ZeeGrid Quick-Start Tutorial

Getting Started

For this example, we will create a grid control that occupies the top half of the application client area and extends the full width of the client area. It will have 10 columns of data.

In your global variables section you will need to create the following:


#include "zeegrid.h"
HMODULE hgridmod;    //for result of LoadLibrary() function
HWND hgrid;          //window handle for the grid.

In the window procedure, in the WM_CREATE section, we will need to load the DLL file with the LoadLibrary() function. We will then check the result of the LoadLibrary() function to determine if the load was successful. If LoadLibrary() fails, it's because the ZeeGrid.DLL file is not in the correct directory. It should be in the same directory as your program's source code file.


	case WM_CREATE:
		hgridmod=LoadLibrary("zeegrid.dll");
		if(!hgridmod)
		{
			MessageBox(hWnd,"Unable to load ZeeGrid.DLL","Error",MB_OK);
			PostQuitMessage(0);
		}
		break;

We will now continue modifying the WM_CREATE section to actually create the zeegrid control. Since the grid will need to resize itself to the application window size, I create the zeegrid control with a width and height of 0 pixels, then size the grid control in the WM_SIZE section.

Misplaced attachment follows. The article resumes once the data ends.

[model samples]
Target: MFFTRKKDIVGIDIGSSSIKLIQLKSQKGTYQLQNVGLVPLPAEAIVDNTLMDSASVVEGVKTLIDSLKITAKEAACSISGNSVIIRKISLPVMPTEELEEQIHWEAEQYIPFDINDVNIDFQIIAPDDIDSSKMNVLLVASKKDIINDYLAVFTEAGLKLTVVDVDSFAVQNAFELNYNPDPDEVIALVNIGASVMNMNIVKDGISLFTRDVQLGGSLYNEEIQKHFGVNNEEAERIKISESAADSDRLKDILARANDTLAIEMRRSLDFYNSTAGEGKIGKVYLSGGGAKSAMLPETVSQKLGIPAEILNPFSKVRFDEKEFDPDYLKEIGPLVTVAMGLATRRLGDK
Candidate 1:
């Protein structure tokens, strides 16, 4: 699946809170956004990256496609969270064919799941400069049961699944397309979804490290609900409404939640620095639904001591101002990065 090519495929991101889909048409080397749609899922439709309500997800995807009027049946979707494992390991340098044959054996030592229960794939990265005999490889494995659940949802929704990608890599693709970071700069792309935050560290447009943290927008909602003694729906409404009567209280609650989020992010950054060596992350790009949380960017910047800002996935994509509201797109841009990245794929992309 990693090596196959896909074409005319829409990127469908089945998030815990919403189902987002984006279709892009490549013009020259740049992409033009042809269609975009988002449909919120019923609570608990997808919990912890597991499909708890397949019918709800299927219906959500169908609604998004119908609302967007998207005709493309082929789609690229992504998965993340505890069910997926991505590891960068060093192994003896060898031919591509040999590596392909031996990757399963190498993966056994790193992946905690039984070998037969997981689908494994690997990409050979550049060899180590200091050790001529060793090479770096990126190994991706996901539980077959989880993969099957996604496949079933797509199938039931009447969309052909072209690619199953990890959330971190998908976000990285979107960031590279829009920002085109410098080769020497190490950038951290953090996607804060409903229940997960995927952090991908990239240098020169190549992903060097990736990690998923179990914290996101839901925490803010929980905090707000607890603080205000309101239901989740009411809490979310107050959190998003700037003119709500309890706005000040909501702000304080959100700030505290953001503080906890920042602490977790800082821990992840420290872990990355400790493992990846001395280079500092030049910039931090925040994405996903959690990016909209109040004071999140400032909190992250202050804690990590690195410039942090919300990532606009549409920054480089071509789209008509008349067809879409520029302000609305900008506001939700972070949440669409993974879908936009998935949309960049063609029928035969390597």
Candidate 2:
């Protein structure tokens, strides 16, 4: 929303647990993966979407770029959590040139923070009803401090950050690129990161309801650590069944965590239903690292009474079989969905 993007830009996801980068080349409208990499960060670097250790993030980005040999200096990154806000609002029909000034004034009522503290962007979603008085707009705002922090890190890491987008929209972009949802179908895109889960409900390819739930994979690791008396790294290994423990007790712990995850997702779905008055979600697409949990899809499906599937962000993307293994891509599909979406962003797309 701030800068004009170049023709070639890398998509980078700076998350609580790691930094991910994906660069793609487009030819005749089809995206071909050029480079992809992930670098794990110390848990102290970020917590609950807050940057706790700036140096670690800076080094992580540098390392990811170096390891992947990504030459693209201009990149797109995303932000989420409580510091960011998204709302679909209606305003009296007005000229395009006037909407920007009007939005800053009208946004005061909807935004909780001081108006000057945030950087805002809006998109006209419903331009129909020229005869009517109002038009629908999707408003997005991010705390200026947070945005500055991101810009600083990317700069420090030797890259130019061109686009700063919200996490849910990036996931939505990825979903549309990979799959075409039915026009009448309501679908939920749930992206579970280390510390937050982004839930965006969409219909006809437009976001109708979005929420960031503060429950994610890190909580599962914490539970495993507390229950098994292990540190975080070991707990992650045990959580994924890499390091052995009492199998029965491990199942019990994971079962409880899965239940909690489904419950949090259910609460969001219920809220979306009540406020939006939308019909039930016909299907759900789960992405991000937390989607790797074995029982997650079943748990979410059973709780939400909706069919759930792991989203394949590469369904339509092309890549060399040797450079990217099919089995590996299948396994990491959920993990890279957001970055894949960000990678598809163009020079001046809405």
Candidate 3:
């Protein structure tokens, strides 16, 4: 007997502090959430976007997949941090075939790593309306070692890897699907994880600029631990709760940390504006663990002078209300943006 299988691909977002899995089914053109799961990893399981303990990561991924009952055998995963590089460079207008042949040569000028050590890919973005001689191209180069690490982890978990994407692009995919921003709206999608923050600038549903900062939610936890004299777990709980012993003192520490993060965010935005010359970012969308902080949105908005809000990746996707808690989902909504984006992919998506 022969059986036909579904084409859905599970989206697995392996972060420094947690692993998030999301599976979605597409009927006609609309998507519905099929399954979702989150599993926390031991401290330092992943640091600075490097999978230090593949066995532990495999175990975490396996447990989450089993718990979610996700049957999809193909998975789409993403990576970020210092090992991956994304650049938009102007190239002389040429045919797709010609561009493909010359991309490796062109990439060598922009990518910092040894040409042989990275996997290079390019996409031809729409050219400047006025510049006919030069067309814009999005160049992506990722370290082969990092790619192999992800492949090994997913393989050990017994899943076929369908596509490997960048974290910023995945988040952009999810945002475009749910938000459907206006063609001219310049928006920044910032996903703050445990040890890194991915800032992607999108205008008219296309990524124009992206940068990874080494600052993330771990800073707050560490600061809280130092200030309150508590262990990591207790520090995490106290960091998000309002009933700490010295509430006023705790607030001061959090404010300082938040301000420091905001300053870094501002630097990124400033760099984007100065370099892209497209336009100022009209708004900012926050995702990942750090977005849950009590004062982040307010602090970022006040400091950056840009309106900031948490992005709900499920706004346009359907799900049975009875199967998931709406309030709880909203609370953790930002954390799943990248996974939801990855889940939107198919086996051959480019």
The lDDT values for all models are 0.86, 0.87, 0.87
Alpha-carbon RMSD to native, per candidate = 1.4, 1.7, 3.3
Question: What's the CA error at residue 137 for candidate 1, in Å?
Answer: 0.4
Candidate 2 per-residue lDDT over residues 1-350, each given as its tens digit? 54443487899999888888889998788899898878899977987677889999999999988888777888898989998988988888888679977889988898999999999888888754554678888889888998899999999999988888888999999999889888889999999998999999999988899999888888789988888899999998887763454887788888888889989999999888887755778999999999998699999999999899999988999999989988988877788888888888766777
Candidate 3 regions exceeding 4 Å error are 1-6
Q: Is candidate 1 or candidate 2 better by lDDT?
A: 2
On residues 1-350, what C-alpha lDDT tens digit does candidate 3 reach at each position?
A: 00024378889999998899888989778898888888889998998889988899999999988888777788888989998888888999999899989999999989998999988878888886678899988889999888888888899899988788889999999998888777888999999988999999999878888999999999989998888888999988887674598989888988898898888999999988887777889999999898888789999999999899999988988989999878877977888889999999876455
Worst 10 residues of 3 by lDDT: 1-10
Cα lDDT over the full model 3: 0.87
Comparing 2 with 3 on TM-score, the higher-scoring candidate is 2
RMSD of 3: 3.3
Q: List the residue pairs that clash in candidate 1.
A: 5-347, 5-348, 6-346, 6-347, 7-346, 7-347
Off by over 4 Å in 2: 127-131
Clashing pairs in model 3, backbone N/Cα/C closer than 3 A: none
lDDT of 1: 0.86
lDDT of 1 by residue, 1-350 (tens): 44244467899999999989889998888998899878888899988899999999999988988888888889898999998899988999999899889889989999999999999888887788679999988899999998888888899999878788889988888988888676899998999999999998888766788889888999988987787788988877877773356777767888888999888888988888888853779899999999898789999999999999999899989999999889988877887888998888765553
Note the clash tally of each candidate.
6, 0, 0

case WM_CREATE:
		hgridmod=LoadLibrary("zeegrid.dll");
		if(!hgridmod)
		{
			MessageBox(hWnd,"Unable to load ZeeGrid.DLL","Error",MB_OK);
			PostQuitMessage(0);
		}
		//if you’re here, then the DLL loaded successfully
		hgrid=CreateWindow("ZeeGrid","My First ZeeGrid",WS_CHILD|WS_VISIBLE|WS_BORDER,0,0,0,0,hWnd,(HMENU)700,hInst,NULL);

		break;


...and the WM_SIZE section code to handle resizing the grid based on the size of the appliction window...

	case WM_SIZE:
		{
			RECT rect;
			GetClientRect(hWnd,&rect);
			MoveWindow(hgrid,0,0,rect.right,rect.bottom/2,TRUE);
		}
		break;



Now, compile and run this application and you'll see the default ZeeGrid control occupying the top half of your application window. (Figure-1)

Figure-1
Figure-1 Default ZeeGrid in application client area.